> 
> If a prototype is a theory, then we should be able to do all those 
> things with one.
> 
> yrs,
> Stan Ruecker
> 
> Humanist Discussion Group wrote:
>>                  Humanist Discussion Group, Vol. 22, No. 403.
>>          Centre for Computing in the Humanities, King's College London
>>                        www.digitalhumanities.org/humanist
>>                 Submit to: humanist-AT-lists.digitalhumanities.org
>>
>>
>>
>>         Date: Wed, 24 Dec 2008 09:52:41 +0000
>>         From: Willard McCarty <willard.mccarty-AT-mccarty.org.uk>
>>         > 
>> At the beginning of her astonishingly resonant book, Open Fields: 
>> Science in cultural encounter (Oxford, 1996), Dame Gillian Beer writes 
>> about Keats and Darwin -- the poet's insistence in "The Fall of 
>> Hyperion" that "only the written gives any hope of survival", and the 
>> naturalist's transcribing of what he saw. "Darwin, energetically 
>> observing and writing before the establishment of genetic theory," she 
>> says, "had to have the patience of the pioneer -- the patience not to 
>> know for sure within his lifetime 'Whether the dream now purposed to 
>> rehearse / Be poet's or fanatic's', whether it would prove to be 
>> authentic or delusive." (p. 14).
>>
>> So, for us a question and a consolation of sorts.
>>
>> The question is, does the same hold true for the digital humanities, 
>> that "only the written gives any hope of survival"? Given the short 
>> life-span of software artefacts, our ignorance of how to read them and, 
>> as Peter Galison has noted for non-verbal artefacts generally, their 
>> polysemous existence beyond the meaning assigned by their creators, can 
>> any such artefact ever stand for itself wholly without written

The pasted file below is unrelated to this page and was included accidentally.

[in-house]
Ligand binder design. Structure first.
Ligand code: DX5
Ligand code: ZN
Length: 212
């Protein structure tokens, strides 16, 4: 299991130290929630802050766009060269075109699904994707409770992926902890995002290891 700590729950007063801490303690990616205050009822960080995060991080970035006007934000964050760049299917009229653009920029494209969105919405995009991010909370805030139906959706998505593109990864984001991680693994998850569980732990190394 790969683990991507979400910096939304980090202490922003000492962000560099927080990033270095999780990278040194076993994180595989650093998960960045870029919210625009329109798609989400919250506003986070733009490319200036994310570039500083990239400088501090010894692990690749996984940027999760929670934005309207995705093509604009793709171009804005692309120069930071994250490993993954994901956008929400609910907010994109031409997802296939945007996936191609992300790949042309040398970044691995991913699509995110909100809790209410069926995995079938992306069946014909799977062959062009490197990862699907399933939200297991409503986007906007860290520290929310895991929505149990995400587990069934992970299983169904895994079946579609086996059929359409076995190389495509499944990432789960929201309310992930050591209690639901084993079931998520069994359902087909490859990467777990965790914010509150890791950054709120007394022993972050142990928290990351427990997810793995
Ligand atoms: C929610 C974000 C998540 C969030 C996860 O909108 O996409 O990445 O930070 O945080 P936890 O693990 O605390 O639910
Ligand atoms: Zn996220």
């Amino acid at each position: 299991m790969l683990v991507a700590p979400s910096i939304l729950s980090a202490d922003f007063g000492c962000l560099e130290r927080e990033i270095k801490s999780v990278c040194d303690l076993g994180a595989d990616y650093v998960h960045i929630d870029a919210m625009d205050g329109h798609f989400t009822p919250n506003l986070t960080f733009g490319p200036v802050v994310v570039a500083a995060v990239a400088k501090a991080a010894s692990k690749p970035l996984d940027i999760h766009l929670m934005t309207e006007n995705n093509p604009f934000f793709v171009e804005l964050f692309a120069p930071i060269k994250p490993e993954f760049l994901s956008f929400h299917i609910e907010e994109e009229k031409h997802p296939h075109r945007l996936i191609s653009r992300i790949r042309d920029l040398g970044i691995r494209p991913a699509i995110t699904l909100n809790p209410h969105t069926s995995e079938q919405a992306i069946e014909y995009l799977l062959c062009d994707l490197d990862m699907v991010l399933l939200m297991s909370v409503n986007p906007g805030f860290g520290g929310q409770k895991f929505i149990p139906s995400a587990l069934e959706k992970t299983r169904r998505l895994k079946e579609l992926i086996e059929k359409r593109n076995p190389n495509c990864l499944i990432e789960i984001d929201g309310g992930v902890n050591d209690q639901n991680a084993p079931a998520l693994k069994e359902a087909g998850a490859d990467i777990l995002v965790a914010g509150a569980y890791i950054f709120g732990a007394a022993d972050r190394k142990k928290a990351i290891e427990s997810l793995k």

>> commentary and explanation? Solid work in the history of science and 
>> technology gives us the intriguing idea of "thing knowledge", but in any 
>> given case, can we say what that knowledge is without using words? Is it 
>> knowledge without words?
>>
>> (Those here who know their Swift will recall in Gulliver's Travels, book 
>> 3, chapter 5, his description of the Laputan "Scheme for entirely 
>> abolishing all Words whatsoever": "that since Words are only Names for 
>> Things, it would be more convenient for all Men to carry about them, 
>> such Things as were necessary to express the particular Business they 
>> are to discourse on.... which hath only this Inconvenience attending it, 
>> that if a Man's Business be very great, and of various kinds, he must be 
>> obliged in Proportion to carry a greater bundle of Things upon his Back, 
>> unless he can afford one or two strong Servants to attend him. I have 
>> often beheld two of those Sages almost sinking under the Weight of their 
>> Packs, like Pedlars among us; who, when they met in the Streets, would 
>> lay down their Loads, open their Sacks, and hold Conversation for an 
>> Hour together; then put up their Implements, help each other to resume 
>> their Burthens, and take their Leave." Of course a laptop with a fair 
>> sized hard disc isn't nearly as heavy.)
>>
>> The consolation is, I suppose, that we may look back at those, like 
>> Darwin, who were as uncertain of what they said and did as we are of 
>> what we say and do. Often I contemplate by example what a mature 
>> discipline allows its practitioners to do. We can only hope, I suppose, 
>> for a magnanimous audience and do what we can to cultivate it.
>>
>> Comments?
>>
>> Yours,
>> WM
> 
> 
> 
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-- 
Willard McCarty, Professor of Humanities Computing,
King's College London, staff.cch.kcl.ac.uk/~wmccarty/;
Editor, Humanist, www.digitalhumanities.org/humanist;
Interdisciplinary Science Reviews, www.isr-journal.org.